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Gold/Silver Ratio Falls To 74; Silver Outperforming Gold - Analysts

(Kitco News) - Silver prices are continuing their strong surge, outpacing gold on a combination of “catch-up” buying and improved prospects for industrial demand, analysts say.

As of 9:55 a.m. EDT, the ratio of spot gold to silver had fallen to around 74. This is the lowest level since October, pointed out Robin Bhar, metals analyst with Société Générale.

The ratio measures how many ounces of silver it takes to buy an ounce of gold, with a smaller number signaling silver outperforming, and vice-versa. Comex June gold was up 1.7% to $1,256.20 an ounce, while most-active May silver raced ahead for even-higher percentage gain, adding 4.4% to $16.975 an ounce. The silver contract peaked at $17.11, its most muscular level since late last May.

“Prices were lent buoyancy by a weaker U.S. dollar and rising oil prices, as this reduces the fears of a further decline in inflation expectations,” said a research note from Commerzbank.

Still, there are factors helping out silver even more, said Bhar in an interview with Kitco News. Until the last week or so, silver had lagged the rally in gold so far in 2016.

“So, there is an element of catch-up,” Bhar said. “Customers and investors were probably looking at precious metals and seeing the underperformance of silver, thinking the factors driving gold should be driving silver to some extent.”

Silver, of course, is far cheaper per ounce than gold.

“So if you’re bullish about gold, ‘don’t buy gold; buy more silver’ would be the reaction of the market,” he explained.

Meanwhile, there has been some stabilization of economic data in key commodity-consuming nation China, Bhar pointed out. This helps a commodity such as silver, which has far more industrial demand than gold.

“There’s been some fiscal stimulus from the Chinese government targeting the infrastructure and industrial sectors to prevent them from a hard landing. That has helped to revive silver,” Bhar said.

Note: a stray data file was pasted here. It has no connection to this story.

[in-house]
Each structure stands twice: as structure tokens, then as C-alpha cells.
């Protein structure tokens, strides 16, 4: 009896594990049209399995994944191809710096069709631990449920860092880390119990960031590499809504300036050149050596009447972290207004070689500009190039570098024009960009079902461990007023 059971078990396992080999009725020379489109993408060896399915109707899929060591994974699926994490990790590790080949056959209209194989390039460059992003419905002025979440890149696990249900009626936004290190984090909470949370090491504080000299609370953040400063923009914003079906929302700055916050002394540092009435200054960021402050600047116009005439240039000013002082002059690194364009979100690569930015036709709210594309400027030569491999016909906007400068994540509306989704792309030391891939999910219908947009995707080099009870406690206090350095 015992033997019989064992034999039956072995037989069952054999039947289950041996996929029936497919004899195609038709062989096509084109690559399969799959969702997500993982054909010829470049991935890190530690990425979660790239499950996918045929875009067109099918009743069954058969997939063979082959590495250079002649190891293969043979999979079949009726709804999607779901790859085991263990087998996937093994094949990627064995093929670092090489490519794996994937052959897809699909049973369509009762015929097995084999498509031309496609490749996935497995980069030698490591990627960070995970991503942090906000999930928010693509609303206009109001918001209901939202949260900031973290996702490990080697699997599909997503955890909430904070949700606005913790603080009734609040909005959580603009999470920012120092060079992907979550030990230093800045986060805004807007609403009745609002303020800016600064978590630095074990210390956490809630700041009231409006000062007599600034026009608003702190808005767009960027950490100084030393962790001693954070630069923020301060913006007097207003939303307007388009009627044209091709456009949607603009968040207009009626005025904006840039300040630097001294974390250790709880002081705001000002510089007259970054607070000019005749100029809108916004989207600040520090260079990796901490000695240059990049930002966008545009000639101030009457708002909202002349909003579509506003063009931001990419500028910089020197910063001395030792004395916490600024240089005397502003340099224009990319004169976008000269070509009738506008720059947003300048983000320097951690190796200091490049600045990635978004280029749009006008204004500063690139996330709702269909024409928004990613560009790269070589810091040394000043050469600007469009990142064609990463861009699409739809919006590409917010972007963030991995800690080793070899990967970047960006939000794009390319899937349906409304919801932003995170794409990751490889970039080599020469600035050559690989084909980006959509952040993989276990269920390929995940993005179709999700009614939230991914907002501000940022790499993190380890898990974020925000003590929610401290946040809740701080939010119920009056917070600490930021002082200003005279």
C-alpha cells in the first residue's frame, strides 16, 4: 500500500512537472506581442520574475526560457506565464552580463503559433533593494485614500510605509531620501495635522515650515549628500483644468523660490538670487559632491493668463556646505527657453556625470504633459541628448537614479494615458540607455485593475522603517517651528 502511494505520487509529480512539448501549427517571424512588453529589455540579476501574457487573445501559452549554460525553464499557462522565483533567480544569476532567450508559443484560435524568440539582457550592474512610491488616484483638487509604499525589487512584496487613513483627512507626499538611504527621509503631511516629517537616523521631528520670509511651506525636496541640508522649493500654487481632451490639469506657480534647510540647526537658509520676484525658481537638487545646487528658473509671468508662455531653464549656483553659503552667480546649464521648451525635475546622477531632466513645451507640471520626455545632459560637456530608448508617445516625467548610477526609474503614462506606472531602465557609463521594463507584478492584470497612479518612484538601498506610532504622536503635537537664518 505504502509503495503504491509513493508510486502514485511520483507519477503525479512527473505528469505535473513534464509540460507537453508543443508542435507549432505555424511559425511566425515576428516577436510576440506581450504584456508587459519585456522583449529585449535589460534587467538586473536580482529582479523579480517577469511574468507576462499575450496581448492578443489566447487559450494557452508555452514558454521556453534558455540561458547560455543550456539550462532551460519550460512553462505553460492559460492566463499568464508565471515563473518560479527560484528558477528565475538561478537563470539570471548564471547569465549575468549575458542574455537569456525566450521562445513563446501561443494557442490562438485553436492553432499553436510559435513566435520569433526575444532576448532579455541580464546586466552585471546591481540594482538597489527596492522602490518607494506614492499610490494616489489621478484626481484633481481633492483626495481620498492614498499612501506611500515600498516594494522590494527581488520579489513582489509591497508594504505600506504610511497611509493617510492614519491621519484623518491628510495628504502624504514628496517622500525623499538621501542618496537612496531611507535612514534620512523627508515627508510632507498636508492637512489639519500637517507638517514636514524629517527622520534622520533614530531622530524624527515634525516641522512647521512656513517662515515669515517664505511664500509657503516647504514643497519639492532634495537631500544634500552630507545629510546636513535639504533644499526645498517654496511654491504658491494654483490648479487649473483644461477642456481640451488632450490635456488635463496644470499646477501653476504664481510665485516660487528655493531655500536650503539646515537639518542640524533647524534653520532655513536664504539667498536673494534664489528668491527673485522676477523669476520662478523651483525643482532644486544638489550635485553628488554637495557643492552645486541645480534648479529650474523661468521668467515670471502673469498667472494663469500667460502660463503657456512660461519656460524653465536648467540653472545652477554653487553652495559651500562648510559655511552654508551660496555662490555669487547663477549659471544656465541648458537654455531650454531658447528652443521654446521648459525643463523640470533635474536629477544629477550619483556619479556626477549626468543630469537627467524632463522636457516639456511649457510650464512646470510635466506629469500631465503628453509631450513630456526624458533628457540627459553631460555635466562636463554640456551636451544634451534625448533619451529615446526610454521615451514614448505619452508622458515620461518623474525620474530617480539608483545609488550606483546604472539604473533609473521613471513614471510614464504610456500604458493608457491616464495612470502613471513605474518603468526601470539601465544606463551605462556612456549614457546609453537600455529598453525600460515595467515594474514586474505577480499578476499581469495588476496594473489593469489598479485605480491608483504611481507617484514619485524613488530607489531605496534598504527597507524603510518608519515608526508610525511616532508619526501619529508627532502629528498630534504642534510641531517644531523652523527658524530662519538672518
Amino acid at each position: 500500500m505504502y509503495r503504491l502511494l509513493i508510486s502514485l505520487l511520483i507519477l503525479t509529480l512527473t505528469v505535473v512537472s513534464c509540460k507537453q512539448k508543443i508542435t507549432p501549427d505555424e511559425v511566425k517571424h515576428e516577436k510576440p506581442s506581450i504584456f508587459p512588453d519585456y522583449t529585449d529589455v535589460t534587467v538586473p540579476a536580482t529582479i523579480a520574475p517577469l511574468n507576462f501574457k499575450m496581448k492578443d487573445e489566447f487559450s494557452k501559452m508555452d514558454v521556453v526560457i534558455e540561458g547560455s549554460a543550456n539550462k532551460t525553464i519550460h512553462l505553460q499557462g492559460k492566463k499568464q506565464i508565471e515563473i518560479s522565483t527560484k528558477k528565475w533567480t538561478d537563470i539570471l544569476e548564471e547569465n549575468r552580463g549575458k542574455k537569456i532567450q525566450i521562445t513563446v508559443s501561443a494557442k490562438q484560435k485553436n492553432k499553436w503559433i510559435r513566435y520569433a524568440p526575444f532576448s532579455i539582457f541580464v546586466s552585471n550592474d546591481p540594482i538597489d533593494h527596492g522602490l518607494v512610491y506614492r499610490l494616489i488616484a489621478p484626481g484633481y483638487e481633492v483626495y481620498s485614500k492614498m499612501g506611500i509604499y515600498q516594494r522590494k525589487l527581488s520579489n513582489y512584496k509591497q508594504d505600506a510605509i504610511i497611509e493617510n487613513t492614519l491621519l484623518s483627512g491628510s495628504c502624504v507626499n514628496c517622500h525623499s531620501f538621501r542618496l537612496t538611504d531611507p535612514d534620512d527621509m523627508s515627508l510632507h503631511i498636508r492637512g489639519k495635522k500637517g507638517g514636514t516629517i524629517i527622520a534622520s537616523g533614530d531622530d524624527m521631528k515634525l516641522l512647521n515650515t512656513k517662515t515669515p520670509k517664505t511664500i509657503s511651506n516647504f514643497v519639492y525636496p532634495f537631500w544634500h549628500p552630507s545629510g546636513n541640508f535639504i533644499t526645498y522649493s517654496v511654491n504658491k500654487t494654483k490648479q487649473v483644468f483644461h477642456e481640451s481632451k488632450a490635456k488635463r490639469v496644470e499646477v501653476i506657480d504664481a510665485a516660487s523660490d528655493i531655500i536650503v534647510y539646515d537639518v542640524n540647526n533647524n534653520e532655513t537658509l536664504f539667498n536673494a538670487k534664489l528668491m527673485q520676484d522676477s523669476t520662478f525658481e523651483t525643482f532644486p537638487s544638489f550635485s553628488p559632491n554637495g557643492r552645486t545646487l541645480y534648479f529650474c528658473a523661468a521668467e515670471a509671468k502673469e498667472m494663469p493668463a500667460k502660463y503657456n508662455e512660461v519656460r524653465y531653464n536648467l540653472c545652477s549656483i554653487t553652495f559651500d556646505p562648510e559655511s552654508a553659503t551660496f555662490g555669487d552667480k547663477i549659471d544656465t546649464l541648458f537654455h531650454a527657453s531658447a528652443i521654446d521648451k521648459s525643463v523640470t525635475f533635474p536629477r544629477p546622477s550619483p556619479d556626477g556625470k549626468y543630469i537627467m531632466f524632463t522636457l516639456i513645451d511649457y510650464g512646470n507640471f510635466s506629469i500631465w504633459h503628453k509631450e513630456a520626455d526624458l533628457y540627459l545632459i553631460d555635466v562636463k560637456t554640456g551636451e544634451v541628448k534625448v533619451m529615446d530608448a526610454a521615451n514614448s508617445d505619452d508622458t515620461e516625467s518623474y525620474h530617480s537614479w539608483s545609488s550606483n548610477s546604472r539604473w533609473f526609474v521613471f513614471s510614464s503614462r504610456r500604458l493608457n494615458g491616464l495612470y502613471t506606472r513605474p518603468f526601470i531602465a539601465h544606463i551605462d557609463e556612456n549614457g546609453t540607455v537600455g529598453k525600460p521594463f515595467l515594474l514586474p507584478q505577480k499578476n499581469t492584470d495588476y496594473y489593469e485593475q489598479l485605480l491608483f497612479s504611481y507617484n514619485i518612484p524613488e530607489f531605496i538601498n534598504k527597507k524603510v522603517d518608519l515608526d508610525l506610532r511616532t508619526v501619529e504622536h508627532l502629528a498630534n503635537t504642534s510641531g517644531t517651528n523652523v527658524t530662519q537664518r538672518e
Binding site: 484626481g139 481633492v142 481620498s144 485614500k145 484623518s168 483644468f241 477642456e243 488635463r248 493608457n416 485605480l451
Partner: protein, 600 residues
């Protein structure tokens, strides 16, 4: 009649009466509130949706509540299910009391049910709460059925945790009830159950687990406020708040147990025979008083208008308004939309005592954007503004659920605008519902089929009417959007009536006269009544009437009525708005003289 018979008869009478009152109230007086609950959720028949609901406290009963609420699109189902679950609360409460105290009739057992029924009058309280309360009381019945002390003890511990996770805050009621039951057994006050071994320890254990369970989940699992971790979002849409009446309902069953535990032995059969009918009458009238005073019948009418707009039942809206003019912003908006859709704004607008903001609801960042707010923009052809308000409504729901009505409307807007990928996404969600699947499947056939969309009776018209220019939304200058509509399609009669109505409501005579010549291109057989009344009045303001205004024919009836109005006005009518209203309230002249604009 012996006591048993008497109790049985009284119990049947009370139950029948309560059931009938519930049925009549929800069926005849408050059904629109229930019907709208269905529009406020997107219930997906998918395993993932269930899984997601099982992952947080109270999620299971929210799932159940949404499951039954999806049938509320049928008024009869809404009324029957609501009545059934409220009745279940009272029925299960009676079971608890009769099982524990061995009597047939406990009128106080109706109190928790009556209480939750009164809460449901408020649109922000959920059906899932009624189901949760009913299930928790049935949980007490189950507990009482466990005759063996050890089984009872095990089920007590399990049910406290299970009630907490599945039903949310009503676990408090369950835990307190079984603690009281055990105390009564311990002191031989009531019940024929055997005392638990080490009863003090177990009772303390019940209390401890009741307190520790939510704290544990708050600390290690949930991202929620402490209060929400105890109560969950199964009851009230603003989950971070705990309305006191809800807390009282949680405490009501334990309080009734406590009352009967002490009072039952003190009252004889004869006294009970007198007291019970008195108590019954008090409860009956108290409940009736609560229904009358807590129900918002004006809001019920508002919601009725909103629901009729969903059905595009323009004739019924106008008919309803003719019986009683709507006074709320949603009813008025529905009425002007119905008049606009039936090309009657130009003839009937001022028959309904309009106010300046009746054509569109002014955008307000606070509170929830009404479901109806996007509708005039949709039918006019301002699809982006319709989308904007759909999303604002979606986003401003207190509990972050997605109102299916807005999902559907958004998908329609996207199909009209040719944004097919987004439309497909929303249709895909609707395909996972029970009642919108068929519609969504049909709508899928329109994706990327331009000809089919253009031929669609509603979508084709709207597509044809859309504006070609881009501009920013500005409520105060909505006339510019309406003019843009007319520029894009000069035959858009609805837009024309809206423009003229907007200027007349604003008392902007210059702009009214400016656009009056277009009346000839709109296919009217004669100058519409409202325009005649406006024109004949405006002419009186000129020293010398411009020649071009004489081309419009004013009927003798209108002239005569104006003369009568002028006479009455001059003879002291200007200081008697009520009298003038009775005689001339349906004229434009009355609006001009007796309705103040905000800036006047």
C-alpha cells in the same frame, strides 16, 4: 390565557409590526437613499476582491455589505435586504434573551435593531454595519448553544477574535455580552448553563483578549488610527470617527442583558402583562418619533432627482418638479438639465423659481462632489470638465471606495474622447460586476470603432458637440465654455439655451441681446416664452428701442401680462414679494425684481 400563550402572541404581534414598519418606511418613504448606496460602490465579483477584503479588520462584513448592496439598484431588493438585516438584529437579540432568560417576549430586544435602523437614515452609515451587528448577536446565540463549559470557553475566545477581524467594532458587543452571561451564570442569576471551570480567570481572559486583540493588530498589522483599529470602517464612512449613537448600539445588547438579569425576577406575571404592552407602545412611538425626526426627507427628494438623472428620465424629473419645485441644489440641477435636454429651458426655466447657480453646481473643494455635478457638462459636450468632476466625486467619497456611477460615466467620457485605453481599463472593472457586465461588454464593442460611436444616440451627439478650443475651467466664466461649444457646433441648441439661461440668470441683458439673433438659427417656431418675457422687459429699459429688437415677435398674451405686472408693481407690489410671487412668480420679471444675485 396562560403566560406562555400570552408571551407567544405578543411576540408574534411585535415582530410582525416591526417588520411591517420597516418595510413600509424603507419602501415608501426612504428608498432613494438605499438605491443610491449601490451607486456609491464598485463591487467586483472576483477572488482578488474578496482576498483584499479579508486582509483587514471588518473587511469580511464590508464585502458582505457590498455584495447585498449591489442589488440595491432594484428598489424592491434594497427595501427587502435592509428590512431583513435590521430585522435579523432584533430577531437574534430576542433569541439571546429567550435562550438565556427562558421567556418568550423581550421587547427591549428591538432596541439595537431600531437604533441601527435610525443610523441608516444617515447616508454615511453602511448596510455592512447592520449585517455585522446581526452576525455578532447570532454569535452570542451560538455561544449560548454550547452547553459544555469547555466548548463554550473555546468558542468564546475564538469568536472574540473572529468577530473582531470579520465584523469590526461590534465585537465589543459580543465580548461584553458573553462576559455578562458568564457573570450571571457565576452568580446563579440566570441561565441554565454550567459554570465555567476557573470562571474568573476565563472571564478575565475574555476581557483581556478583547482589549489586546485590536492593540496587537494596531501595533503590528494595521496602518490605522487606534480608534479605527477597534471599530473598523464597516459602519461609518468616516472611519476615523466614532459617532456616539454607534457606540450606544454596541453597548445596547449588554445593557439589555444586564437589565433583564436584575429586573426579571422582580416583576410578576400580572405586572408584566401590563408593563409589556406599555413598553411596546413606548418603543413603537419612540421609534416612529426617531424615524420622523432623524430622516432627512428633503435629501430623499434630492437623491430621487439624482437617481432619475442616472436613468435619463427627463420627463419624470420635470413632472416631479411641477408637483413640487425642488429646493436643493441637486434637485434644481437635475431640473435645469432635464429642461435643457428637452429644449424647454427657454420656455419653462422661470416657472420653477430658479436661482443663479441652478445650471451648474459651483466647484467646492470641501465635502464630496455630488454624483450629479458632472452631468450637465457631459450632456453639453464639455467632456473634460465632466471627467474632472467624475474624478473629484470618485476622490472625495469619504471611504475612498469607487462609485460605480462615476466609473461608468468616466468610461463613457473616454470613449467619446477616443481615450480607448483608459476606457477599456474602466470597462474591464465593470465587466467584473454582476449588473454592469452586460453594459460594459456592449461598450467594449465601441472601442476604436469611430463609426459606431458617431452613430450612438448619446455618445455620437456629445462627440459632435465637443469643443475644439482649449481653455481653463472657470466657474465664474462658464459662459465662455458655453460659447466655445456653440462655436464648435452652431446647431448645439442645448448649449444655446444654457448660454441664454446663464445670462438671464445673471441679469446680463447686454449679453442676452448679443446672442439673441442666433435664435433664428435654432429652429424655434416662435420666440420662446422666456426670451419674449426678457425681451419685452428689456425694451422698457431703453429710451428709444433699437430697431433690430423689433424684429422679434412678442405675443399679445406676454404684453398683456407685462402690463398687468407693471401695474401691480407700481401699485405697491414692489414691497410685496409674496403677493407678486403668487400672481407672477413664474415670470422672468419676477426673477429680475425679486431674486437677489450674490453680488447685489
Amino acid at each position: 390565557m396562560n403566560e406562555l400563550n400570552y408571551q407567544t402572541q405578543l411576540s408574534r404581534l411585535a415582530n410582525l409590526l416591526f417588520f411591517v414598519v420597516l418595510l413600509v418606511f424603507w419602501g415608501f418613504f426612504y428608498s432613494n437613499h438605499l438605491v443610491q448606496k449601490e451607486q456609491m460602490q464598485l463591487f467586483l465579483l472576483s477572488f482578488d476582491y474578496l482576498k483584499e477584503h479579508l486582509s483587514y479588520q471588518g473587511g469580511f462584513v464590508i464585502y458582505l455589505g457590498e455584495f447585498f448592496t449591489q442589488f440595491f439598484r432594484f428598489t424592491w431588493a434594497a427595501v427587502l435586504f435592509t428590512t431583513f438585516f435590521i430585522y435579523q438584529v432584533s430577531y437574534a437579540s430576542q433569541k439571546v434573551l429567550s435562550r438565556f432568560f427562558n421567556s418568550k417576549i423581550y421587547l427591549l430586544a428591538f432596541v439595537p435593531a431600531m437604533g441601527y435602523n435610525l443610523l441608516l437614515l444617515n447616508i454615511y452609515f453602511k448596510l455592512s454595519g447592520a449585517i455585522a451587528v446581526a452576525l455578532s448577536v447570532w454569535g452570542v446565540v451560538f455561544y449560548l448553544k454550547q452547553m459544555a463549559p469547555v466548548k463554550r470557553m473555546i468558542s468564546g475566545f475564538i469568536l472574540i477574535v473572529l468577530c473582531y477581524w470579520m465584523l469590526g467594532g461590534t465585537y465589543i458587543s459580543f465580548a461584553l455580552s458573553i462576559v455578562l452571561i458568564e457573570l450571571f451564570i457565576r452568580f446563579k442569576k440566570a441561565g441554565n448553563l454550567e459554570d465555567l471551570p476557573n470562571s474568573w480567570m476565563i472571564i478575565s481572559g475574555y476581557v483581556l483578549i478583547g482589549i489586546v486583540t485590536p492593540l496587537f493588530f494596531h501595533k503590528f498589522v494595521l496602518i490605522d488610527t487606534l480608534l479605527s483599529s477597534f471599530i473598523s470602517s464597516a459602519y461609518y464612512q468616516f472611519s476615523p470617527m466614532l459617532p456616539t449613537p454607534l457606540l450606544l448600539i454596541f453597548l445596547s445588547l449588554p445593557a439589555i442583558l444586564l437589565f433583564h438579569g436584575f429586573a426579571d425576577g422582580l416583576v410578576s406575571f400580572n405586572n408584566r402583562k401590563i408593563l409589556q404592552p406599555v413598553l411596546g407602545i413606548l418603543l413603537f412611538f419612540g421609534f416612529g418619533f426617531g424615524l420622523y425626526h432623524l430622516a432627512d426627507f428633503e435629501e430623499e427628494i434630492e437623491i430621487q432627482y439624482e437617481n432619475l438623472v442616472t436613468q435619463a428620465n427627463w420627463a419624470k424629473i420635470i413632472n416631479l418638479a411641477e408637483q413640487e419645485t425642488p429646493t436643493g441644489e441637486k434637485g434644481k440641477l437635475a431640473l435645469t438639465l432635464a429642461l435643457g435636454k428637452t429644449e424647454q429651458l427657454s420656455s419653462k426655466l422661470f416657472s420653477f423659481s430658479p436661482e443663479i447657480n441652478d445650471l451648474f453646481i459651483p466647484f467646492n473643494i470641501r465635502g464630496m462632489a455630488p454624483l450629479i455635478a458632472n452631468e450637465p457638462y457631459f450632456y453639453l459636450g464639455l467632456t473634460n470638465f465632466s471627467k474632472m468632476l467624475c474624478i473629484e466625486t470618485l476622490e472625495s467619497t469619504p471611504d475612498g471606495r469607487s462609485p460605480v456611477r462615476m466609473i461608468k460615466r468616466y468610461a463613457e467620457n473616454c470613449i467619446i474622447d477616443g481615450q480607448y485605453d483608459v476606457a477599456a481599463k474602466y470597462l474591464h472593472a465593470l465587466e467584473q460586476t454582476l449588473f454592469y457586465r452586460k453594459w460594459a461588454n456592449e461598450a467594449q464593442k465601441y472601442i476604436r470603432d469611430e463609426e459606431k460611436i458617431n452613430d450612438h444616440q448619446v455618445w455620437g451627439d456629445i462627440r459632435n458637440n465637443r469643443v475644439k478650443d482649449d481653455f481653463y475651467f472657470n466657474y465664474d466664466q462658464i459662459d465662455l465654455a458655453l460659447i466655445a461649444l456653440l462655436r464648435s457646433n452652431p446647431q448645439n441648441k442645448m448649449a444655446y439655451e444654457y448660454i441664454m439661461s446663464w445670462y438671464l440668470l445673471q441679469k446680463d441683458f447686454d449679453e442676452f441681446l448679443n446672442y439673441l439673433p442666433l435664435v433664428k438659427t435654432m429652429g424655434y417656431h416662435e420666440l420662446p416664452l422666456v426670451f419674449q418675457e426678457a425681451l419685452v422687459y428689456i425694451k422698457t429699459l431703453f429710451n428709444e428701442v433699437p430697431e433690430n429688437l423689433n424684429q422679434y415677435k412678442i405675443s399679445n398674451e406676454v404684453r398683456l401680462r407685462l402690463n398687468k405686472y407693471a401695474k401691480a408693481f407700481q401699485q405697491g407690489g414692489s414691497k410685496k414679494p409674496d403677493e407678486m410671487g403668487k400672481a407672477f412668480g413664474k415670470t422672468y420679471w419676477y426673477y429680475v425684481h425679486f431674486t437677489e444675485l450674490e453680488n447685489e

Analysts at BMO Capital Markets said previously weaker industrial activity was a key factor behind the lag in silver’s price performance. Now, this bank also attributes silver’s gains in part to China’s move to boost real estate and transportation investment.

“Our underlying view is that this is not sustainable, but at this point you ‘can’t fight the five-year plan,’” BMO said. “We note that silver prices started rising at the beginning of last week, in line with the base metals’ price moves ‘in sympathy’ with oil prices ahead of the Doha meeting this past weekend.”

Bart Melek, head of commodity research at TD Securities, pointed out that futures speculators in silver have been increasing their long holdings aggressively, as reflected in the most recent data from the Commodity Futures Trading Commission. In the week to April 12, the net-long, or bullish, position among money managers in the CFTC’s “disaggregated” report jumped roughly 30% to 56,018 contracts. Further, Melek pointed out that the number of gross longs held by non-commercials in the CFTC’s “legacy” report climbed to 86,886, the highest level since March 2004.

Also, Melek continued, global exchange-traded-fund purchases of silver are up some 47% since early February.

“The twice-as-volatile silver should have outperformed gold when the Fed's move towards dovish signaling helped to rally gold,” TDS says. “If the precious metals sentiment continues to improve, silver could still see some upside, but it will be limited by technicals and the outsized long positioning.”

By Allen Sykora of Kitco News; asykora@kitco.com

 

 

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